• and learning from others.

Creating a successful ecommerce business is a long term commitment and you will need to continually evolve both your website and strategy.

So, what about you? What ecommerce lies have you heard? What great advice would you like to pass on? Post in the comments below.

  • Not sure if I agree Paul.
    1) Don’t remove information, shrink it or hide it. You still can’t give users too much information. You just have to design it correctly. Use “teasers” so that visitors can find the information if they’re looking for it. Make it an obvious step.

    2) Even if you don’t have a badge – you still need to say what you are doing that makes your site secure and the work you do to keep your customers safe. Just not saying this is a bad idea. This information should be in a findable location, preferably alongside things like a cast iron returns & refunds policy. Sometimes our designers can be so “design-ey” they don’t consider things like messaging to reassure customers, so it’s added at the last minute , and all you can do with the space provided is put a badge in…..
    If I can do anyone that removes a scrap of insecurity from a new user, and increases my conversion rate half a percentage, frankly, I’m going to do it.

    The only point I really agree on is the bonus lie :-)

    • Oh what a surprise, you don’t agree with me :-)

      I do actually agree with you about shrinking and hiding content (after all it was me who introduced you to the concept). However, where the differences between products is so small it is often better to limit the choice. That is not the case with WFF.

      In regards to security, again i think we are actually agreeing. My point is a badge is not enough. That you need to do a lot more to reassure users. I don’t think you should settle for a badge.

      And as for your final remark, you are a big fat liar! I know damn well you recognise the value of great customer service. WFF is built on your drivers and the service they provide :-p

  • Ian Gray

    Great article, Paul- thanks.

    I personally would find it frustrating if my choice was limited though. I’m not a Dell fan, but I would find it frustrating if I could only choose from 3 choices. What if I want a bigger hard drive or more memory on laptop B? I think in that situation it would be better to have a clickable button if I wanted to customise it. Then you reduce the clutter but give the user the option for more.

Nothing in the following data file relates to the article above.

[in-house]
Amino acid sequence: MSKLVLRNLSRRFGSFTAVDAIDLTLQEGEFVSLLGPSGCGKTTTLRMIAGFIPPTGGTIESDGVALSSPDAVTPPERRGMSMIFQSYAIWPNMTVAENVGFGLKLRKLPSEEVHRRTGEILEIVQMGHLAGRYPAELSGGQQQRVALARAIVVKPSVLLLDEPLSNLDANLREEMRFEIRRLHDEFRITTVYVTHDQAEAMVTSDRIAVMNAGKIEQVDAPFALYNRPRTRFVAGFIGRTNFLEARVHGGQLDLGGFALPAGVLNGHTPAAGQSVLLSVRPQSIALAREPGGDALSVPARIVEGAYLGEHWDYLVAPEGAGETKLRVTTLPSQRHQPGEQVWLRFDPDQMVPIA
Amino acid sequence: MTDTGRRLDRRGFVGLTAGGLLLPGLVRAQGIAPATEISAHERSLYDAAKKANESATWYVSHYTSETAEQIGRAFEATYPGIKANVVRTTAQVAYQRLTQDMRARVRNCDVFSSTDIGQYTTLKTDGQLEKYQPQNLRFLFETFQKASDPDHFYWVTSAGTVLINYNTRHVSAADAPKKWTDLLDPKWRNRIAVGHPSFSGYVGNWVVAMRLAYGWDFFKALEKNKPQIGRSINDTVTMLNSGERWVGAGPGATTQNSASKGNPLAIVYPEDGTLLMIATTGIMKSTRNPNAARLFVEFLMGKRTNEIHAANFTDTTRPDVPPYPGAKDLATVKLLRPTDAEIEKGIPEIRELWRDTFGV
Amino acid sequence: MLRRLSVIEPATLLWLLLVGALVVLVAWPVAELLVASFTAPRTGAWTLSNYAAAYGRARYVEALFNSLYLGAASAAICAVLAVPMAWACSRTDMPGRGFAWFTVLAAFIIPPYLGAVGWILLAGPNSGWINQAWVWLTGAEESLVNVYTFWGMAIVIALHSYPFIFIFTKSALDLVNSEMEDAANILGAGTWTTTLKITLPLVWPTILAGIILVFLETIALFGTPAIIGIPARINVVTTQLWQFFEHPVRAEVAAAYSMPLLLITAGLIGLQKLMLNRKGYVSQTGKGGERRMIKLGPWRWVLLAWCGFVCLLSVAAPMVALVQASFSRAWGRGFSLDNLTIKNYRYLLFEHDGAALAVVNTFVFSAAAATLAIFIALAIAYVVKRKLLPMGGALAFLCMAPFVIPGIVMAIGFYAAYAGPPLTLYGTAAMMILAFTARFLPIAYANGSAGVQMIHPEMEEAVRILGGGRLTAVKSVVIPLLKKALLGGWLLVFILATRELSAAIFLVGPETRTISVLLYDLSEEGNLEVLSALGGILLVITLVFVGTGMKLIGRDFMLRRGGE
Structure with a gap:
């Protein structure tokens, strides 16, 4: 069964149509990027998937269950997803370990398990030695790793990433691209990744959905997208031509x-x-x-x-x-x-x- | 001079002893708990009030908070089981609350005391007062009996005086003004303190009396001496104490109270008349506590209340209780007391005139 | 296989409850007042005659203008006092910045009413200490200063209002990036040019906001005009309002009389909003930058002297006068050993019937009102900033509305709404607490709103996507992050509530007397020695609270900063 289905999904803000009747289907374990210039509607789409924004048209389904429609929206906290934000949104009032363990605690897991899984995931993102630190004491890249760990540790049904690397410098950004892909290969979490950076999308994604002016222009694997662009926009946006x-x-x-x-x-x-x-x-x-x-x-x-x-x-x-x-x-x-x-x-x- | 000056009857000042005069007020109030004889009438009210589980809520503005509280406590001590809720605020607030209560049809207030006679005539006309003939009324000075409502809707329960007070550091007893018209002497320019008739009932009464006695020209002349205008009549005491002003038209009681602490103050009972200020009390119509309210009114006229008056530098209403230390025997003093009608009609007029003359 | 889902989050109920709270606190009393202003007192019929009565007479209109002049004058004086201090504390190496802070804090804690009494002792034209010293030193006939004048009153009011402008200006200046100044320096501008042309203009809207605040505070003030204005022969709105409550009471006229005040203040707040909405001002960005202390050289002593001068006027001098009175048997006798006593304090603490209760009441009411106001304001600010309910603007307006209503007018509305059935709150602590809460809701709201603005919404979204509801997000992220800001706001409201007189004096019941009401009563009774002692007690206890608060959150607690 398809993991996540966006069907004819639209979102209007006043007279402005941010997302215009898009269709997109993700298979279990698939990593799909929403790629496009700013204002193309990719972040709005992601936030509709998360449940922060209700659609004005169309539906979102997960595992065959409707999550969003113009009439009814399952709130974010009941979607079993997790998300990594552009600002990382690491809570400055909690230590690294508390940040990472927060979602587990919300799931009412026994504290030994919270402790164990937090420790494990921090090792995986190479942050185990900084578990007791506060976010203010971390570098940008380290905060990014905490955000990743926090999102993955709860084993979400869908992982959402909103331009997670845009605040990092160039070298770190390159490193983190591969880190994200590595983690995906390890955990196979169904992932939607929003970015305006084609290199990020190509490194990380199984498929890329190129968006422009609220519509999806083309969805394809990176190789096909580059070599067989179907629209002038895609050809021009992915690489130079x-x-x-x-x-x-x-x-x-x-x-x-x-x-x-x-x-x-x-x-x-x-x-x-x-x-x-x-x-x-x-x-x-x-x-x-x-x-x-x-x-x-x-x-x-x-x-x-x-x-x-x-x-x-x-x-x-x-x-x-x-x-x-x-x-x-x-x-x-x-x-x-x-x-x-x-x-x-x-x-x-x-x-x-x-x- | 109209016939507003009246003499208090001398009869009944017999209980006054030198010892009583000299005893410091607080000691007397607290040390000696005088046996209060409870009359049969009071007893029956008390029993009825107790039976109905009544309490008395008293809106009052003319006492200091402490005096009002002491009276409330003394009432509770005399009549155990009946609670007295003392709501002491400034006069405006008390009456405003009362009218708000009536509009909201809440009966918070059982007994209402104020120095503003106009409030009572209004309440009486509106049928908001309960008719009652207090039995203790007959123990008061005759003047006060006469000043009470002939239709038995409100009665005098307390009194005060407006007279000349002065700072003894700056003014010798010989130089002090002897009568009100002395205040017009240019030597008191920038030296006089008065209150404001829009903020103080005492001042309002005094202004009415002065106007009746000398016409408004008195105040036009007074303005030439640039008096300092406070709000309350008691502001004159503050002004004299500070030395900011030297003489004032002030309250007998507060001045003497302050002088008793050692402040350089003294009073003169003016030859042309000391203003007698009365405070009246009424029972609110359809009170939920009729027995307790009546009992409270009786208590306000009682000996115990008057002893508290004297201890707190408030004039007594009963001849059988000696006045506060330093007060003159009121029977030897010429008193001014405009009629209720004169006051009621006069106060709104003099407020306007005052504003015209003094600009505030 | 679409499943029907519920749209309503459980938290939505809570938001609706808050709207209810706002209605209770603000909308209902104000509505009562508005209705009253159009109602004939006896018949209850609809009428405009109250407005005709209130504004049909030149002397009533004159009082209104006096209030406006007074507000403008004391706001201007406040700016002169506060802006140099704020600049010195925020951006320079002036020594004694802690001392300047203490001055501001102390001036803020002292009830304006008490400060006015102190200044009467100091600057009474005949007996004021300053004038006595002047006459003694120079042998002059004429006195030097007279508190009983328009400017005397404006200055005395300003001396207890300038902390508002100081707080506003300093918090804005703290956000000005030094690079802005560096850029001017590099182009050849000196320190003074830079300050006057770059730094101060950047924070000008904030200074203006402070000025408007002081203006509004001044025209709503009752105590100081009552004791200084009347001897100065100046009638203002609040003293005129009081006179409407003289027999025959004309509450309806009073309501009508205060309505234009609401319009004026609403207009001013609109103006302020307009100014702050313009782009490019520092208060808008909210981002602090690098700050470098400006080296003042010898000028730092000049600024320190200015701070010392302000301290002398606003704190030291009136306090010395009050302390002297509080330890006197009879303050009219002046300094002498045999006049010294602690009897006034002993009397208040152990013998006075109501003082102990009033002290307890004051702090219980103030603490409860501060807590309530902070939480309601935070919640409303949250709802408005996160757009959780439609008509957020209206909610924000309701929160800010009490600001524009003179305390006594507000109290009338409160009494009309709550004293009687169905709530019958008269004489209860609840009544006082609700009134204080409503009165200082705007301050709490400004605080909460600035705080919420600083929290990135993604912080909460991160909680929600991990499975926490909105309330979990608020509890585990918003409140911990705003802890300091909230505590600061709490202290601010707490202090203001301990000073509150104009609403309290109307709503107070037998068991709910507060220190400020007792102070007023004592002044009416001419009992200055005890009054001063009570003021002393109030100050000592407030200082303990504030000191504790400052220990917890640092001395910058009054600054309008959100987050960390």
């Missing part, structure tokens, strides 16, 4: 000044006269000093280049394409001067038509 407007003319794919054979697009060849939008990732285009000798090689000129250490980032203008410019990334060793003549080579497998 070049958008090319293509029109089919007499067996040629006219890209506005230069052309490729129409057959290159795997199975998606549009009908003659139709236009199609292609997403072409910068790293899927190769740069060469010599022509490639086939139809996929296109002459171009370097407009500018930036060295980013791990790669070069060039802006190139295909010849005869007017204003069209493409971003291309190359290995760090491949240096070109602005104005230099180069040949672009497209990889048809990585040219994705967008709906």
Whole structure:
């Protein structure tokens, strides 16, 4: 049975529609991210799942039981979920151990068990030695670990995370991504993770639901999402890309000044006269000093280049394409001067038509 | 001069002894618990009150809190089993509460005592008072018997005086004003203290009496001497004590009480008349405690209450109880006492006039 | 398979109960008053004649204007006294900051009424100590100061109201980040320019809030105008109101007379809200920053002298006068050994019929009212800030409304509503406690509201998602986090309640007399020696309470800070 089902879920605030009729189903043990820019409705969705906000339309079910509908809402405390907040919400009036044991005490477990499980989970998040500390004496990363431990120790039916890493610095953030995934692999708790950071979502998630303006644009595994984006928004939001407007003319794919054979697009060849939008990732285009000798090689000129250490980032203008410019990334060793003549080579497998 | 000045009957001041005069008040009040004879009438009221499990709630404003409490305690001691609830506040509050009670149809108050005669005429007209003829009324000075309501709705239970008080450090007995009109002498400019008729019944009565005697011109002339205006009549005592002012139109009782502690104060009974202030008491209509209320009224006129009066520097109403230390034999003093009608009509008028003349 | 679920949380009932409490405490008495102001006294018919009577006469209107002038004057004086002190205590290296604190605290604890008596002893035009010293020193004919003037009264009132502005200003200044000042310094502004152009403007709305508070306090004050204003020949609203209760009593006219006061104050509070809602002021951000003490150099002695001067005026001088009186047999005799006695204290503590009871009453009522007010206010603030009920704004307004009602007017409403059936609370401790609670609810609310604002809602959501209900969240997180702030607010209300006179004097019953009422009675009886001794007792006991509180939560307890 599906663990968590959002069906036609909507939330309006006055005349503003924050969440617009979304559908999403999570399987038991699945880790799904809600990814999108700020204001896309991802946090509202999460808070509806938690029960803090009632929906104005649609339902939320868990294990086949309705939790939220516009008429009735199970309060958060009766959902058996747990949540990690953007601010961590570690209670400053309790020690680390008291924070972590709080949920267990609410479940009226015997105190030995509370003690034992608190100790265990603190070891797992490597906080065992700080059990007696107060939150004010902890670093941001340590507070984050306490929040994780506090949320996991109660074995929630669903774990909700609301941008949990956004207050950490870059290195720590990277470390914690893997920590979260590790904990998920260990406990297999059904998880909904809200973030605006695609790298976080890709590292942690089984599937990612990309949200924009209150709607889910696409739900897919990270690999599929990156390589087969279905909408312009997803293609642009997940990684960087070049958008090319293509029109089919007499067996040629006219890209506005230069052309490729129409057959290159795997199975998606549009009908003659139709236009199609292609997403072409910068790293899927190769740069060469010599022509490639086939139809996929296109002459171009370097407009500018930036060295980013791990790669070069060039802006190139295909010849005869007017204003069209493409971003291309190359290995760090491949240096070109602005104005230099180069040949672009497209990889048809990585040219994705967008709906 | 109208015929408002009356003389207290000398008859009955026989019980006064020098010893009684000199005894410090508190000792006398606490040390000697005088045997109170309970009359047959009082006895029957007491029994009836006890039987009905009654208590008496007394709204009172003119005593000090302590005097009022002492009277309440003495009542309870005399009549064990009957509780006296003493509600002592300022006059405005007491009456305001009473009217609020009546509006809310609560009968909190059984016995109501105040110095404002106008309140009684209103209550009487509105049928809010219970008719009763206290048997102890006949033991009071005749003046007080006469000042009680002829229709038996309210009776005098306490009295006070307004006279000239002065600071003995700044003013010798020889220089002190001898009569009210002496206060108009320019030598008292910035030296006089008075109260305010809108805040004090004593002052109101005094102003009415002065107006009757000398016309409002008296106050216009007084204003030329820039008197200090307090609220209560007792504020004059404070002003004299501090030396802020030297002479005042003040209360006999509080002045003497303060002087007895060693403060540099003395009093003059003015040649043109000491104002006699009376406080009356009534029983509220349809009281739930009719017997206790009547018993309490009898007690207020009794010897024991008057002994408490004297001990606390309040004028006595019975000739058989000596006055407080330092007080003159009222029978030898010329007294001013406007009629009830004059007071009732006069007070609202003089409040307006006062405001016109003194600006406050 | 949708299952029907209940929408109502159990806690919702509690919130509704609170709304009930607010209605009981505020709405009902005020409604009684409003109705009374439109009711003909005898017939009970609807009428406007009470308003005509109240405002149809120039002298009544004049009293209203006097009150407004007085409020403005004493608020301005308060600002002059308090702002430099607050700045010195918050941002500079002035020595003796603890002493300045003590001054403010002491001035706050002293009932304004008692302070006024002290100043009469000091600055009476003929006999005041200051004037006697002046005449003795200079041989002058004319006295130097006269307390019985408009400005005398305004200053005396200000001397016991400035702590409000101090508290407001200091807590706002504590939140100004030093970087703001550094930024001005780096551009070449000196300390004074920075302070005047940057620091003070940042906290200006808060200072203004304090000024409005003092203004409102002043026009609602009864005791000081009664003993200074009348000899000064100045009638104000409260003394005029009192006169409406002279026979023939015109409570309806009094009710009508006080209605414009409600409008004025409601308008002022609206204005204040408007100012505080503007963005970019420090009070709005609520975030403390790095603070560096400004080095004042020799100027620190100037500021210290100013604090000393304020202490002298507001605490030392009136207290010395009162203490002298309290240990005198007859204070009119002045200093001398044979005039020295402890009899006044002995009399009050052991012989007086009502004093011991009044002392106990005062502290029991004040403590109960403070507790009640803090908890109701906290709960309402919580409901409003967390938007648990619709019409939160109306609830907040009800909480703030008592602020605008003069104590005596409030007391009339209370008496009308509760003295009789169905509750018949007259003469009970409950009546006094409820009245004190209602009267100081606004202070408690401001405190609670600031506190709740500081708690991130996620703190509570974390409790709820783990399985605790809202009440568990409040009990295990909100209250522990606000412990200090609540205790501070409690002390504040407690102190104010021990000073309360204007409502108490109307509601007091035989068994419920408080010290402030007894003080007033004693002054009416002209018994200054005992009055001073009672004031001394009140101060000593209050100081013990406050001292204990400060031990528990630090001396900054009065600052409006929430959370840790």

• 3 maybe a little extreme but limiting choice does increase sales. Whether you like it or not is another thing :-)

  • I think it’s important to distinguish choice paralysis from information overload. And to distinguish data from information. The Apple website is full of detailed information about each of their products. But their product line up is distinct and they present their information reasonably clearly. I’ve just had a look at the Dell site and there really isn’t an abundance of information there. It just feels like too much information because they haven’t taken enough care to present it properly.

    On the subject of Amazon, Jared Spool did a wonderful presentation covering why copying their model blindly doesn’t work. Very much worth spending the time to listen:

    • You make an excellent point Alan. I should have been clearer in the way I explained myself.

      Thanks too for the Jared Spool post. I will check it out.

  • Great point on #1. As I’ve been shopping for a new computer recently, and shopping both mac and pc, I’ve noticed what an extreme difference the buying experience is. It’s not just a case of “more information” either, and the problem isn’t limited to Dell.

    Take a look at HP’s website for desktops:

    First, you need to select are you looking for “everday”, “slim and sleek” or “performance”. What the hell is slim and sleek? Should I assume that’s not everyday? And not performance? What is it then?

    Ok, start with everyday I suppose…you’re now presented with a page of what looks like the same exact computer, 4 times:

    The only difference is that it seems to be different configurations. Why not just list this once, and then let the user configure? Even once you select one, you STILL need to configure it.

    Apple might not have as many options, but they’ve definitely got the buying experience right.

  • As always, you make excellent points. Just to amplify your points 1, 2, and 5, these appear to mostly be about focus which is perhaps the most important element of a site? Focus in content, process, functionality, etc to drive toward the goals of your site (in the e-commerce case, the goal being to sell product).